After the performance, as the audience was applauding, there was one final shriek “dancers gather in that area, propsmen gather in that area, don’t disperse yet, we have a lot to discuss!”

That is how it goes during blocking sessions! After Toslob, I saw that Toledo City’s Hinulawan immediately assumed the stage. And oh my badness, the next shrieking gay even had a more teeny voice that pierced my ears. She (oops… He) started with “standby dancers, we will start with a full performance and then see what needs to be adjusted”. The theme song thundered, the dancing and running started… and of course, the shrieking kept competing with the music! This time, the boss choreographer of Hinulawan was shrieking mad at how off-center the riser was! Yup, I saw that, they were too far to their right! And I said to myself, that’s why they have these blocking sessions. Whew!

By the way, for those not in the know… a “riser” is that stair-like thing that they use so dancers can climb and dance at, to give more depth or drama to the performace. These are most common in Visayas festivals. Risers are heavy and sturdy – have to be since the performers climb, stomp and jump on those.

As I started off to catch dinner, I chanced upon the Toslob choreographer discussing with a festival official. He was saying something like “okay, we will take 1 o’clock”. He was jokingly scolding the official for giving his troop only one practice session in the entire schedule. My inquisitive mind itched again, so I looked at what the official kept referring and pointing at. My golly! At the front of the middle bleacher just behind the ground-level chairs was a big and wide tarpaulin about my height and about 20 or more feet wide. It had nothing but the blocking schedules printed! Whoa! That serious!

If I thought that was very serious for the festival to even have the blocking schedules printed on a tarpaulin, the contents was even more serious it made me swallow a lump in my throat! The schedules can be as early as 5AM and as late (or is it “as early”) as 1AM. OMG! Imagine your children or imagine yourselves being a performer or a crew of these various contingents! All for the show! Wow! All the more that I salute these festival performances, not only at how grand their shows are but also at the patience and hard work they have to endure just to give us a free show! Yeah, I checked it out hehe, Toslob just had the past hour as their “authorized” practice session on stage!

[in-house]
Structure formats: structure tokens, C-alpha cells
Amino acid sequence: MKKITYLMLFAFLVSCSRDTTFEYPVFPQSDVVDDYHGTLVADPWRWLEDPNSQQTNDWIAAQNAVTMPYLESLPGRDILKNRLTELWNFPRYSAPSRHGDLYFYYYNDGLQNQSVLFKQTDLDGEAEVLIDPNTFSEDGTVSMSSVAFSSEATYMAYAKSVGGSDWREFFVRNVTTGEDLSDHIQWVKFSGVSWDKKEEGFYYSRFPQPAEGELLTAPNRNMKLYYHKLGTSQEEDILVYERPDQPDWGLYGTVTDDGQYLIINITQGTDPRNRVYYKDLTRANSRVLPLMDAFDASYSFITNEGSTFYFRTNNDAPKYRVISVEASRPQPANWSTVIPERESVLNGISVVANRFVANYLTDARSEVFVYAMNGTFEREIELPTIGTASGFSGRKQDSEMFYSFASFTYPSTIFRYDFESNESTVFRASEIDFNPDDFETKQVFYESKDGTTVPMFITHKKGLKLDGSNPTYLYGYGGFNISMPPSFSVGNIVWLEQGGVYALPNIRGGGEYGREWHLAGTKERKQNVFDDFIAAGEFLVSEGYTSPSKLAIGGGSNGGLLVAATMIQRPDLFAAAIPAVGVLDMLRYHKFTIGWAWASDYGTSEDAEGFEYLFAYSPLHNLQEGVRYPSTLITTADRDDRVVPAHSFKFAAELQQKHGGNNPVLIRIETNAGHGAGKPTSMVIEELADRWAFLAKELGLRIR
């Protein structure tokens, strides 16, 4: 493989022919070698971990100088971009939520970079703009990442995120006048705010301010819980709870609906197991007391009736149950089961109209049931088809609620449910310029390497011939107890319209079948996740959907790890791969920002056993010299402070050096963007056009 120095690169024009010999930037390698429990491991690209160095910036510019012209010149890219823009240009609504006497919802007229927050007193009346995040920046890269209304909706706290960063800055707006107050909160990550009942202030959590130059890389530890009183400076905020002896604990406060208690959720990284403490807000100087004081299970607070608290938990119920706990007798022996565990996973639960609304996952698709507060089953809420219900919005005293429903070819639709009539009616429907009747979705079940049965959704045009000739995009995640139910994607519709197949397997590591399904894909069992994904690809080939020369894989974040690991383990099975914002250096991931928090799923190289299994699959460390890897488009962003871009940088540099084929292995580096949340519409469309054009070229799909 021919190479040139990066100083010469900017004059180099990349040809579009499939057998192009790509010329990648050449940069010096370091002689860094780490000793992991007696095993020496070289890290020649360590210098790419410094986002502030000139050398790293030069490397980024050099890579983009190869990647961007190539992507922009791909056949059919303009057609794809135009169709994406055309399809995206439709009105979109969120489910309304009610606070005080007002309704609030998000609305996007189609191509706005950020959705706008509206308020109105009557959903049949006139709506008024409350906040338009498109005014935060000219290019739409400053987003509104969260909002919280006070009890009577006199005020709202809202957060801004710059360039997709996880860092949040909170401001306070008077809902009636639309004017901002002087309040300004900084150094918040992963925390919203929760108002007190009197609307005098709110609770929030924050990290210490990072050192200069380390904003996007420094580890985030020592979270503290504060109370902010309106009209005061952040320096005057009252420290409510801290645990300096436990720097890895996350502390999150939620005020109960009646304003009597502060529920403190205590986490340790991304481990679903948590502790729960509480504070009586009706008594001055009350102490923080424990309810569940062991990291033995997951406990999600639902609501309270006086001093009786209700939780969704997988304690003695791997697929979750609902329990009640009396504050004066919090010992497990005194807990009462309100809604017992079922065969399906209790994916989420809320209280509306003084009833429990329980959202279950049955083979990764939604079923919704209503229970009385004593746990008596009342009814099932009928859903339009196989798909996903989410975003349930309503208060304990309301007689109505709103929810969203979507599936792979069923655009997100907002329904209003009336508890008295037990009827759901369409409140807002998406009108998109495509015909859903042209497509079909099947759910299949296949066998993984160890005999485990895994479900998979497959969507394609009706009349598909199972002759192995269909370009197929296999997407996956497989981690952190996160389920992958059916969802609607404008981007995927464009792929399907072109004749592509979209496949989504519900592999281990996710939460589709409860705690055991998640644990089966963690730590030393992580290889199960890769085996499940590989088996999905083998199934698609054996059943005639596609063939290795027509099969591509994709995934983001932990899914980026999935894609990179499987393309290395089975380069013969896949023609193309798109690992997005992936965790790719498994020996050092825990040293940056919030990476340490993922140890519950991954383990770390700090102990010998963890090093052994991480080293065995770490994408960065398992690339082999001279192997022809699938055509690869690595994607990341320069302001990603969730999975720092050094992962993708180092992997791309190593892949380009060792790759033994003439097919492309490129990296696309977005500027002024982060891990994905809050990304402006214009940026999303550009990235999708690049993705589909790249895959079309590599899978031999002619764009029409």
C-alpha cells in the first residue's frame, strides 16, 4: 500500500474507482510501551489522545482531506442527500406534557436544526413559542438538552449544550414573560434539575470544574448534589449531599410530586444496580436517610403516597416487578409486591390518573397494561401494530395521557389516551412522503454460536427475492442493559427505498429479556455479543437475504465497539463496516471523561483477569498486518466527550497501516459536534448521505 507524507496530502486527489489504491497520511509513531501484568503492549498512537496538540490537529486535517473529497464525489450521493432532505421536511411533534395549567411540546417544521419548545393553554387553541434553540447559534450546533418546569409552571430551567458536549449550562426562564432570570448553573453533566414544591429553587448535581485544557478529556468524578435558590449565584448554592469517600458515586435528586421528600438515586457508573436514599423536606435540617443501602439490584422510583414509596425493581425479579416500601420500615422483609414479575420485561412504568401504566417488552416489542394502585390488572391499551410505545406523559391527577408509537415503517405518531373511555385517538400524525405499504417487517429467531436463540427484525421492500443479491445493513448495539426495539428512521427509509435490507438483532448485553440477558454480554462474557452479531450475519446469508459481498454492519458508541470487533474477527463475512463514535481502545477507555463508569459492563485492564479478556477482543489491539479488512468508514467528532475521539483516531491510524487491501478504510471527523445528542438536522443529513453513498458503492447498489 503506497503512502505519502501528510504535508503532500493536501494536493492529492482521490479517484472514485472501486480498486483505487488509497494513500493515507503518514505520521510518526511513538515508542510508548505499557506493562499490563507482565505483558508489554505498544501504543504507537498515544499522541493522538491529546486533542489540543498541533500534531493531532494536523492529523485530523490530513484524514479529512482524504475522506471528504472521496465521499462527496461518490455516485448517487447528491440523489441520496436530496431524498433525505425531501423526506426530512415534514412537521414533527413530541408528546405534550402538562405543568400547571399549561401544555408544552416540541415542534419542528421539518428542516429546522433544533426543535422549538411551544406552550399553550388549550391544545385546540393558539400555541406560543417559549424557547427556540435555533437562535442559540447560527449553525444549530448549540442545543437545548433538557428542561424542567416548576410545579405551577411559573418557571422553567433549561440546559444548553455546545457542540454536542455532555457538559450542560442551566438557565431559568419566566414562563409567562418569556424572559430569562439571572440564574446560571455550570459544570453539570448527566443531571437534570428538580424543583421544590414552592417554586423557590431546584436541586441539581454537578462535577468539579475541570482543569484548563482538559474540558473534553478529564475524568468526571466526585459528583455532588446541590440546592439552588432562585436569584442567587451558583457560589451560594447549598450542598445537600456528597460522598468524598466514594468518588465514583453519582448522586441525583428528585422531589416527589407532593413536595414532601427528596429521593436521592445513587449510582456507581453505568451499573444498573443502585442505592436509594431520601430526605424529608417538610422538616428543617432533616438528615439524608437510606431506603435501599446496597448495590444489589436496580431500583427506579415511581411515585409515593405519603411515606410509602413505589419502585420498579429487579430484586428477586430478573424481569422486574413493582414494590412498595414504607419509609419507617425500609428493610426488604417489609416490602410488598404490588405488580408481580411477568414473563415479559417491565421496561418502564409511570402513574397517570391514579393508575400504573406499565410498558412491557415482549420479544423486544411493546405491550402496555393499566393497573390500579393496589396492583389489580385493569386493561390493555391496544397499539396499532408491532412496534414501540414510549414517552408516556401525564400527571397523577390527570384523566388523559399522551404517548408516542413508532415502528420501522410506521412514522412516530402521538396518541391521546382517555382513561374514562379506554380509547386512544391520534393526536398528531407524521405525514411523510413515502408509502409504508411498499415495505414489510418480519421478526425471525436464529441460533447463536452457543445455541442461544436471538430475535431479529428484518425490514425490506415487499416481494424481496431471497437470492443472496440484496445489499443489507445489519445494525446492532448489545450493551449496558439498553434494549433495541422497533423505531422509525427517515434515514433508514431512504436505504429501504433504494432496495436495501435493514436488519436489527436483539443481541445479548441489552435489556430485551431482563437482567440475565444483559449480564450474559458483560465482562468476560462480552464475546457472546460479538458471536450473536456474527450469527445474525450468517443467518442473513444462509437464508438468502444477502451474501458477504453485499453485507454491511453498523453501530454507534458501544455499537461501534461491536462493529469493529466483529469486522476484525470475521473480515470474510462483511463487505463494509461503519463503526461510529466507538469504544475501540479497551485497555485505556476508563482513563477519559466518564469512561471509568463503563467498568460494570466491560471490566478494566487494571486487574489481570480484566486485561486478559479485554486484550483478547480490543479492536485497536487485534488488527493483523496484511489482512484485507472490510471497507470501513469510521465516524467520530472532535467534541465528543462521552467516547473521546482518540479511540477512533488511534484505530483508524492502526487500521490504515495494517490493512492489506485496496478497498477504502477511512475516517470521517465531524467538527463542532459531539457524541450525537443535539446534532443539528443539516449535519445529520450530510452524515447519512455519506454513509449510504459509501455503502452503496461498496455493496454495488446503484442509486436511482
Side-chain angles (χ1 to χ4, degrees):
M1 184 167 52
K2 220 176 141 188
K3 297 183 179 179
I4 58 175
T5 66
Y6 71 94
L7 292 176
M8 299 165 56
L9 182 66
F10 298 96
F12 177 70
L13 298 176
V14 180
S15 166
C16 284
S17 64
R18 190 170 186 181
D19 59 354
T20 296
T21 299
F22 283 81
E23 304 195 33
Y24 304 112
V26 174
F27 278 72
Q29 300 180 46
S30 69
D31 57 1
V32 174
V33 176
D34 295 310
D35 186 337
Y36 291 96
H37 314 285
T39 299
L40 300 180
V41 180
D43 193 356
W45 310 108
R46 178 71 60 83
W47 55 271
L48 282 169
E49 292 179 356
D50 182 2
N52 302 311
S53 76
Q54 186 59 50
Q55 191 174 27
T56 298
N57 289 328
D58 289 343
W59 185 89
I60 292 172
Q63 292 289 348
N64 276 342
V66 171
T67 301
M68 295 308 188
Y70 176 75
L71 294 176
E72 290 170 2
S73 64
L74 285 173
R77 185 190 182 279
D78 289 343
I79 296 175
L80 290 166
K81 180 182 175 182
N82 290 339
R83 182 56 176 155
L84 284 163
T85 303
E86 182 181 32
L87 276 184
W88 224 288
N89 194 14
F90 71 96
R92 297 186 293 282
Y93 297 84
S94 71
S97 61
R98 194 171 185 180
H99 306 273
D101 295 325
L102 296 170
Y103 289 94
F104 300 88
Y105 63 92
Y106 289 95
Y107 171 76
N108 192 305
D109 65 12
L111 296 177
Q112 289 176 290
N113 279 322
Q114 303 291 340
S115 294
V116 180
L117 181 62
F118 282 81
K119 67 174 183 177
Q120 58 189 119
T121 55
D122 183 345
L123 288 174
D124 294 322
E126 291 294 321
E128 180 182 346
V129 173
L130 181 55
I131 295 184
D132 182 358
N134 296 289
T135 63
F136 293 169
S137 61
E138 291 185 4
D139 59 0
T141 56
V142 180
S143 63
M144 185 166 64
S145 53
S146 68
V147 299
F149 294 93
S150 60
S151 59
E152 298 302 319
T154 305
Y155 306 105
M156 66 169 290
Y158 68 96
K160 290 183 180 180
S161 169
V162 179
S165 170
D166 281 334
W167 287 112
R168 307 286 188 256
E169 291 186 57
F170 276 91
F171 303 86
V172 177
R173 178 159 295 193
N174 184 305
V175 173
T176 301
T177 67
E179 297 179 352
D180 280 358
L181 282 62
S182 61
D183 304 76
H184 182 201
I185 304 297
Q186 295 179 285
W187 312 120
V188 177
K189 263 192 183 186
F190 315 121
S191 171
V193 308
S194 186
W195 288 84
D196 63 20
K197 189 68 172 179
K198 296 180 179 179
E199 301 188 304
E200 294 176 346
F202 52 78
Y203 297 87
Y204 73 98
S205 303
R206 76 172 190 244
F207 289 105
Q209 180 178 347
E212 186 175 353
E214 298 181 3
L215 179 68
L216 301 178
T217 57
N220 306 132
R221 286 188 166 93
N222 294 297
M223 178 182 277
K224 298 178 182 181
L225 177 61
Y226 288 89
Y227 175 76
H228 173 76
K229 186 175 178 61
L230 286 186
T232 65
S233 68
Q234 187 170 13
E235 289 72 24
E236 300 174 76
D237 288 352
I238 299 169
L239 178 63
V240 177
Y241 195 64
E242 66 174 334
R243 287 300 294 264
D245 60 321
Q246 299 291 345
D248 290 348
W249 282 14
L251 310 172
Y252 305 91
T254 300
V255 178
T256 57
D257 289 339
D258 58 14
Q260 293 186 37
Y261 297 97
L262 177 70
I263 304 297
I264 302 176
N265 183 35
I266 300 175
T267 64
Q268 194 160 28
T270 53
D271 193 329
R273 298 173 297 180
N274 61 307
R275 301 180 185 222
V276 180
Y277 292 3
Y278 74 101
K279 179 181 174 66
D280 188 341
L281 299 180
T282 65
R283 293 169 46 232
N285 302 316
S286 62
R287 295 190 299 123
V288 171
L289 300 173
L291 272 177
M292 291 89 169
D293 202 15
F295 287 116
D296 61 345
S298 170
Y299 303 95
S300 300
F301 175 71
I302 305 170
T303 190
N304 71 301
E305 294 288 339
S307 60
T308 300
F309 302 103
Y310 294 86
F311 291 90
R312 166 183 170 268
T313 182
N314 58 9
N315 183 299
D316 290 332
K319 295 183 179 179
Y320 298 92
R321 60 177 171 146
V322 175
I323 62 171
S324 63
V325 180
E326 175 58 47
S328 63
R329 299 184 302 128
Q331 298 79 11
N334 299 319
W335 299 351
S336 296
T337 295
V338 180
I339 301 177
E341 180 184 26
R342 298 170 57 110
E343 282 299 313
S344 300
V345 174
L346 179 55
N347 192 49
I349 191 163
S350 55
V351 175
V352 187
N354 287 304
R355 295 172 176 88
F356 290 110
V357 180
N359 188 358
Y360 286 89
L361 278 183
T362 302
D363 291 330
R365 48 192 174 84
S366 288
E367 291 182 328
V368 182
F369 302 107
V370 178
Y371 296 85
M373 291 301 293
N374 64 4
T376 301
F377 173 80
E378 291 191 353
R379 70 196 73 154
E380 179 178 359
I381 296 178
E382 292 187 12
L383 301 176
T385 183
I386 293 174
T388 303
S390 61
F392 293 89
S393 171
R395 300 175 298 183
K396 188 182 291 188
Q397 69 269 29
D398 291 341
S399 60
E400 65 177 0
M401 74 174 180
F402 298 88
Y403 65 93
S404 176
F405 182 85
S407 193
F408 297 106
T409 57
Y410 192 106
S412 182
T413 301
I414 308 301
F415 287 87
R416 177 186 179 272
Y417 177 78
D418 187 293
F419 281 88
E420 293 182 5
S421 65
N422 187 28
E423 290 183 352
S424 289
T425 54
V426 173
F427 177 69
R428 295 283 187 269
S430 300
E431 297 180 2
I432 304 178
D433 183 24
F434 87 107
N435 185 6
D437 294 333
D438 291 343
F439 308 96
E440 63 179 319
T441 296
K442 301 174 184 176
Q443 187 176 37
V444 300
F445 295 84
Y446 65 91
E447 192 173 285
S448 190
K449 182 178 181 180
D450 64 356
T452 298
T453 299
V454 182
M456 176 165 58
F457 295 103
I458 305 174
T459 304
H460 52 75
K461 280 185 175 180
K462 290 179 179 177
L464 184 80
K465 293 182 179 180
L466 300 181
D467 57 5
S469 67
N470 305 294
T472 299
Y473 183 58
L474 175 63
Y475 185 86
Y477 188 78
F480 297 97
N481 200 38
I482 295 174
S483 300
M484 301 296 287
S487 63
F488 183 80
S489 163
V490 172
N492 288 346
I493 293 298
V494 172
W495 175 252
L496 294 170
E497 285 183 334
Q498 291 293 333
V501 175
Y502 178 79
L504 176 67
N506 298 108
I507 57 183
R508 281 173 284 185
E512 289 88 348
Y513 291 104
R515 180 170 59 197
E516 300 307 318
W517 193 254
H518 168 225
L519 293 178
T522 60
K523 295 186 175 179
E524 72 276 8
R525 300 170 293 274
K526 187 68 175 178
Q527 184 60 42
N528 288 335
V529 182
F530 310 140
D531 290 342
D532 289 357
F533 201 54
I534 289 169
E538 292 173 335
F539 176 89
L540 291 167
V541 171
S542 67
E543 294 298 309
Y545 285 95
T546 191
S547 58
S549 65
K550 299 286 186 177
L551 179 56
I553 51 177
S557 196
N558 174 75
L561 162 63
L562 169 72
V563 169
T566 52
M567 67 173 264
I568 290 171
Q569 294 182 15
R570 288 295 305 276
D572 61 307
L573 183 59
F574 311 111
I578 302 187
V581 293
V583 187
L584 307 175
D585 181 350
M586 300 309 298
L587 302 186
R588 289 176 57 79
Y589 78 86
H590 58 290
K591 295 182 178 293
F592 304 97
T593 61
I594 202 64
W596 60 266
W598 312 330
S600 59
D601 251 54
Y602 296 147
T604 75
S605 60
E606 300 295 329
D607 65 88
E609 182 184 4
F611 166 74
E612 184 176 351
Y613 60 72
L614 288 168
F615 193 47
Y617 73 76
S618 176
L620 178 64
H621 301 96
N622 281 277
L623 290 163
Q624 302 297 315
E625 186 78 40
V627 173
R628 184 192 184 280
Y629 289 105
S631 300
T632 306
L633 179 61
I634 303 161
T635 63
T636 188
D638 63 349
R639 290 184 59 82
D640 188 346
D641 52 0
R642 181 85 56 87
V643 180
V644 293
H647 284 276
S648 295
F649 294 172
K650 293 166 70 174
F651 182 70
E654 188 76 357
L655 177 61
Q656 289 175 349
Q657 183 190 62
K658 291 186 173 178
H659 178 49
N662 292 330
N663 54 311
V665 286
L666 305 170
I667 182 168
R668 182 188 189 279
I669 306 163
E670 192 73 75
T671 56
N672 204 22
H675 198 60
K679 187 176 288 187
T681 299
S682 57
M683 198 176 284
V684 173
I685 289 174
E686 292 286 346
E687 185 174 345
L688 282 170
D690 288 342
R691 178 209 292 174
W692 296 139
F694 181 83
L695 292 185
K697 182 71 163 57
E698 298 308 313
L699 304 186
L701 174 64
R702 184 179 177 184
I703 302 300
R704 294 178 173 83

As I walked onwards, I saw that the Oslob troop was busy in some discussions while their big and heavy props were neatly arranged on a part of the parking lot. Many of them were obviously tired at that last practice and I saw that some were even still panting while others were taking deep breaths. Nevertheless, these are mostly kids, so the giggling and joking around is always there. They don’t mind the physical stress they have to muster just to give a good performance. Oh hey, as I overheard earlier, this group is to practice once more later at 1AM.

While the Toledo contingent was busy mastering their moves on stage at the shrieking of their lead choreographer, I saw some props from other contingents all waiting and ready on the sides and performers waiting for their turn to practice on that big stage. There were a lot of buses too. Most of the shirts and props that I could read had “Tabuelan”. I did not see anything that said “Sogod” or “Panagsogod” though I know their blocking schedule was at exactly midnight. And the parade starts at 1 PM tomorrow over near the Mandaue City Hall – which means all of these troops must be there at noon.

My solitary dinner was consumed thinking in admiration at the sacrifices of all these festival performers and crews. Especially for this Pasigarbo sa Sugbo event, the contingents are all towns and cities of the province. Thus, except for the Mandaue group, none of them comes from just around the corner. They come from as far as the northern or southern tips of the island and are usually housed just at elementary or high school classrooms. Only for us to watch them free… and only for them to have that bragging rights for being the “top performer”!

This time, I realized with more sense and compassion that the things they do at these festivals are grueling – and that is if only to ensure that we the audience will enjoy their performances. Who are we anyway?! But that is the way of the festivals in the Philippines… big/heavy props, big groups, big crowds, big applause, less funds!

I now have a different perspective and respect to all who join such festivals, winner or not. My hat off to all of you!

2 comments :

  1. naa ko sa cebu kahapon to shoot the pasigarbo.

    its my second time mag pasigarbo and as always im amzed at their performances.

    the OKIR that you're referring to are those cruves and the like which is normally common in muslim. :)

    http://en.wikipedia.org/wiki/Okir


    Eric
    www.byahilo.com

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  2. Thanks for the info Eric. I learned something new! Thanks indeed :)

    ReplyDelete